I have a question regarding CFAI Soft Dollar Standards. ‘Safe Harbor’ Protection is available only for securities transactions conducted on an agency basis. Transactions conducted on a principal basis do not qualify for this protection. Does anyone know why exactly?
Because I’m too lzy to look it up does the Safe Harbor here mean that if someone tells you to do the trade with Broker X who always charges Y you can collect as many soft dollars from X as you can get without worry?
I don’t know the extent of protection offered. I only know it protects the manager from claims of breach of fiduciary duty by using client commissions to pay a higher commission for investment research.
I think it is possible that the investment manager could acquire as much research as he/she can through soft dollar arrangements provided the research value is commensurate to the ‘brokerage’ used. The research must also be used for investment decision making process(benefitting the client) and not the for the management of the investment firm. Another thing to note regarding the issue is that agency trades permit the investment manager to obtain research that may not directly benefit the client but the manager must endeavour to ensure that over time, the client receives benefit from research obtained through other clients’ brokerage arrangements. Principal trades on the other hand require that client brokerage be used to benefit the client account generating the brokerage given the existence of a fiduciary requirements (eg. ERISA, Investment Company Act of 1940) and if requirements do not apply, the client’s brokerage can be used to benefit other client accounts (apart from the one generating the brokerage) if this practice is disclosed and prior consent is obtained from the client. Btw, do you think the descriptions for agency and principal trades explain the difference in treatment relating to ‘safe harbor’ protection eligibility?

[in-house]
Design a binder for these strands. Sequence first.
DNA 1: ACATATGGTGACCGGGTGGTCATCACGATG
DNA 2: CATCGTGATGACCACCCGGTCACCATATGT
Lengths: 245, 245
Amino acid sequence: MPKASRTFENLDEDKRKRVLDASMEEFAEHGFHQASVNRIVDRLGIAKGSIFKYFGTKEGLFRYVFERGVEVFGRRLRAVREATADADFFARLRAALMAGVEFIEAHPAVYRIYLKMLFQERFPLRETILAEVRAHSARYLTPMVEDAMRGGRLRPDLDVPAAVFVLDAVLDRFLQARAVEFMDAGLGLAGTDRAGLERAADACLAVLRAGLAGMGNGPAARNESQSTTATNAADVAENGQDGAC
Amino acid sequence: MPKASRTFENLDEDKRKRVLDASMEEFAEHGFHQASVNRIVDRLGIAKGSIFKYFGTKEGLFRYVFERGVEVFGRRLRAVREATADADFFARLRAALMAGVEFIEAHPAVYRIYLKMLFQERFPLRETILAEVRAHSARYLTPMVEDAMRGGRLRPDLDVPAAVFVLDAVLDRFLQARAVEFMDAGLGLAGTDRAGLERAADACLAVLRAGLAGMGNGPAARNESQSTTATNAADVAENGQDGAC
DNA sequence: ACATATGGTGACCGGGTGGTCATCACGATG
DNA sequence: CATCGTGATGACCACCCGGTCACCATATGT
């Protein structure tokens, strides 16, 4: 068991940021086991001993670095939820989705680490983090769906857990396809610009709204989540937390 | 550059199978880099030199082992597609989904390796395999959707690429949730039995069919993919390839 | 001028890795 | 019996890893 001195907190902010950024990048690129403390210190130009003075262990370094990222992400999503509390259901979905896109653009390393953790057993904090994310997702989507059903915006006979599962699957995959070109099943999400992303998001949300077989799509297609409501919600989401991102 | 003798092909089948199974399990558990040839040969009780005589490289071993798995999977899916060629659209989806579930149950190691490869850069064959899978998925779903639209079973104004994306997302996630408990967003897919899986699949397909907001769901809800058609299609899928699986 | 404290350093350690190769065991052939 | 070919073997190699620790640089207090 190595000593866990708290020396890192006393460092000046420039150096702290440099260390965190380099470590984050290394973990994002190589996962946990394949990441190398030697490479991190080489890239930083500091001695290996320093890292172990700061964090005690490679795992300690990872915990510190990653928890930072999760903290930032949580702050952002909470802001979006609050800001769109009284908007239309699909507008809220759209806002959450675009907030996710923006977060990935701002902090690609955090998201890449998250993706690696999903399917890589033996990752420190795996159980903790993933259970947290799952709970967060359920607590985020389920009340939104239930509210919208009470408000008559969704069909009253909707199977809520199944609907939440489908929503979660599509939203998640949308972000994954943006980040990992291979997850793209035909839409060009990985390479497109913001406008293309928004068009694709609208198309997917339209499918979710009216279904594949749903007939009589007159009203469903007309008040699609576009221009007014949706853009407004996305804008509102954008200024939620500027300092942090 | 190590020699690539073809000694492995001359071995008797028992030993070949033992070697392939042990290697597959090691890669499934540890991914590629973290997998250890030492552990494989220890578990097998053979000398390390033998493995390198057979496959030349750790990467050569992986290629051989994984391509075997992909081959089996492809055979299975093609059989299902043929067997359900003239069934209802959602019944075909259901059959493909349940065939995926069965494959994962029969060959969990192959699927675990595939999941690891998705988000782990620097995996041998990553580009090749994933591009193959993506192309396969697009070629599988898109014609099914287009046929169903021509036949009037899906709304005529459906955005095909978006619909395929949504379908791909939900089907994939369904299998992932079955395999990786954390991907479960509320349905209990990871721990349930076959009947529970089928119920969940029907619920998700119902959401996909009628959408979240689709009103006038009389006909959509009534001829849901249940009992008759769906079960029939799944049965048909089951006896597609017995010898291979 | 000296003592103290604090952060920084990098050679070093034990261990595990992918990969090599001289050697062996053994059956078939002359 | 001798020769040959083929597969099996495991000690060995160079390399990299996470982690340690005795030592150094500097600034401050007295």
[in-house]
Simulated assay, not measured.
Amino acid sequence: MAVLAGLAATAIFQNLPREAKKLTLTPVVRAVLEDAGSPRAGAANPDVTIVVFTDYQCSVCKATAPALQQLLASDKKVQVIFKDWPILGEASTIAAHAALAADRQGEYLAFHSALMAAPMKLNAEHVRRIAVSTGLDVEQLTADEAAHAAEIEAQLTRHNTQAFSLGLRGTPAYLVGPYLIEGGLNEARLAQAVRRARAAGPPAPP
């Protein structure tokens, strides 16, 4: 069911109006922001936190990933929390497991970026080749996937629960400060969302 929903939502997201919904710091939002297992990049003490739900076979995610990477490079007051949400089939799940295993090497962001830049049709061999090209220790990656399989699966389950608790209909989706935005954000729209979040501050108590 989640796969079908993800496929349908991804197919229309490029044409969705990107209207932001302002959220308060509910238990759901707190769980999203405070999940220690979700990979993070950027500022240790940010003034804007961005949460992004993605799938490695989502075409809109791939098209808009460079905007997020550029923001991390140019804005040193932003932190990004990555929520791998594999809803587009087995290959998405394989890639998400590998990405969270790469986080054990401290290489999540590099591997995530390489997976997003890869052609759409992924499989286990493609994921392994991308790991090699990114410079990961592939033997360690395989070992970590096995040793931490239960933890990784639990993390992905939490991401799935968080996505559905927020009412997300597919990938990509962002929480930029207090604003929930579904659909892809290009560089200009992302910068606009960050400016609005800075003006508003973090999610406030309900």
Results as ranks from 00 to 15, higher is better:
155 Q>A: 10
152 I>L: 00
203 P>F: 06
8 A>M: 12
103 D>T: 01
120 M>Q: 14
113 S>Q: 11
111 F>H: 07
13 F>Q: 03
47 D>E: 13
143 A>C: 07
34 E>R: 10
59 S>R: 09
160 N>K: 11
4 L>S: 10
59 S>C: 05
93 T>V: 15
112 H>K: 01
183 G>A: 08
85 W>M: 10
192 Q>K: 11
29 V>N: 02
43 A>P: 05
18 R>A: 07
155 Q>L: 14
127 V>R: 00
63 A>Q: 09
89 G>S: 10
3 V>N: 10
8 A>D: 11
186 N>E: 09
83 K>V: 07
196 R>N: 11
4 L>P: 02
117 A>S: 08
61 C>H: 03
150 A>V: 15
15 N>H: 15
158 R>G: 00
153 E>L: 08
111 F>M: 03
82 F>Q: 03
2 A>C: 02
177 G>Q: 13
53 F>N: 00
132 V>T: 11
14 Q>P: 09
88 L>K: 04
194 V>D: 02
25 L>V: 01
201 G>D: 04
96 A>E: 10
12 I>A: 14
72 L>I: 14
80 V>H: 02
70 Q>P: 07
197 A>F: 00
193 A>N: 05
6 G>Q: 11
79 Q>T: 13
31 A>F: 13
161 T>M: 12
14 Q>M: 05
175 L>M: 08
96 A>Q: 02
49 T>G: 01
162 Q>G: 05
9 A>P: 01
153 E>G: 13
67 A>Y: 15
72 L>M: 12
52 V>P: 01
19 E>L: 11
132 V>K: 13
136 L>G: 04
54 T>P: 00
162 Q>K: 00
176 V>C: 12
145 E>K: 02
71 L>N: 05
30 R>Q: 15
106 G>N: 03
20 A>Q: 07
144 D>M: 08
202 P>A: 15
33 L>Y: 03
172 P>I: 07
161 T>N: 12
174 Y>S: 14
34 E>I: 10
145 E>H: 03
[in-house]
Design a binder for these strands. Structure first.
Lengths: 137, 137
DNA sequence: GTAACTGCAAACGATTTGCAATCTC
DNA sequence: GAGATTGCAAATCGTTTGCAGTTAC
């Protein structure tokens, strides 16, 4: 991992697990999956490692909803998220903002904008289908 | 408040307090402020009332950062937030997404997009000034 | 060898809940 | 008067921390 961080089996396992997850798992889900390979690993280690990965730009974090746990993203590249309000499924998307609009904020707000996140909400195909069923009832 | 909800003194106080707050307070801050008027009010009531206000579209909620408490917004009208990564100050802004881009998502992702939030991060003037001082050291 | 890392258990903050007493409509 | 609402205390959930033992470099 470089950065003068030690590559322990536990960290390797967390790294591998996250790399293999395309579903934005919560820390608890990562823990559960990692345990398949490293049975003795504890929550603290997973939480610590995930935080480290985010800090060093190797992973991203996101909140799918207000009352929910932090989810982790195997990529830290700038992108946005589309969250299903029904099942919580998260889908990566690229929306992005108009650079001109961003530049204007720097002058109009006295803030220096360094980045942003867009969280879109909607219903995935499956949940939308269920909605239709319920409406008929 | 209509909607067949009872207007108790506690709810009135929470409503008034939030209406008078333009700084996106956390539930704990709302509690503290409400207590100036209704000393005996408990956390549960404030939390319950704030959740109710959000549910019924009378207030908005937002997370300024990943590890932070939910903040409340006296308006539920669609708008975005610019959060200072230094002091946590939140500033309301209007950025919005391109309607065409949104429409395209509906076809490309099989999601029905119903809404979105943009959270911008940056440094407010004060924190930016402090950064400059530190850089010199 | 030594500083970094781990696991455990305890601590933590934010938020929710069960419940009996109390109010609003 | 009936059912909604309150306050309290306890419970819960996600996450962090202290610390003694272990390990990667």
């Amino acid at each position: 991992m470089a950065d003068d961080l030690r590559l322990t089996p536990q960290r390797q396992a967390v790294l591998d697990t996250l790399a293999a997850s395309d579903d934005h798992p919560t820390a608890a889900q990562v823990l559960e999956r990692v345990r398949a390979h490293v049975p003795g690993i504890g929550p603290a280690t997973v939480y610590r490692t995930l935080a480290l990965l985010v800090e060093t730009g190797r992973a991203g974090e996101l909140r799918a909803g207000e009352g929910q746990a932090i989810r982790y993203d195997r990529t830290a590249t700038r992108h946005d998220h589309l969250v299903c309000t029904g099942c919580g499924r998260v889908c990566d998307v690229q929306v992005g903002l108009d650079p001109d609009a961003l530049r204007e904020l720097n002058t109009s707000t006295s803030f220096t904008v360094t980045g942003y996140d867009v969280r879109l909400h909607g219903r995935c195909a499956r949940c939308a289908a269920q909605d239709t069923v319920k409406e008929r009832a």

Yeah, it just means that if someone directs you to trade with a particular broker (i.e., you’re the agent) then they can’t claim you weren’t doing your fiduciary duty by following their instructions.
JoeyDVivre Wrote: ------------------------------------------------------- > Yeah, it just means that if someone directs you to > trade with a particular broker (i.e., you’re the > agent) then they can’t claim you weren’t doing > your fiduciary duty by following their > instructions. CFAI doesn’t give detailed definitions of the agent and principal. They just explain that agent trades refer to a transaction involving a payment of a commission while principal trades are those that involve ‘discounts’ or ‘spreads’. Since I don’t work in this area, I was confused by 1) the significant difference between the two? discounts and spreads sound like commissions in a way too,and 2) the principal and the agent. I decided to search for the terms agency basis and principal basis and this is what came up. I’m wondering if this is what CFAI is also talking about: http://www.investordictionary.com/definition/agency+basis.aspx http://www.investordictionary.com/definition/principal+basis.aspx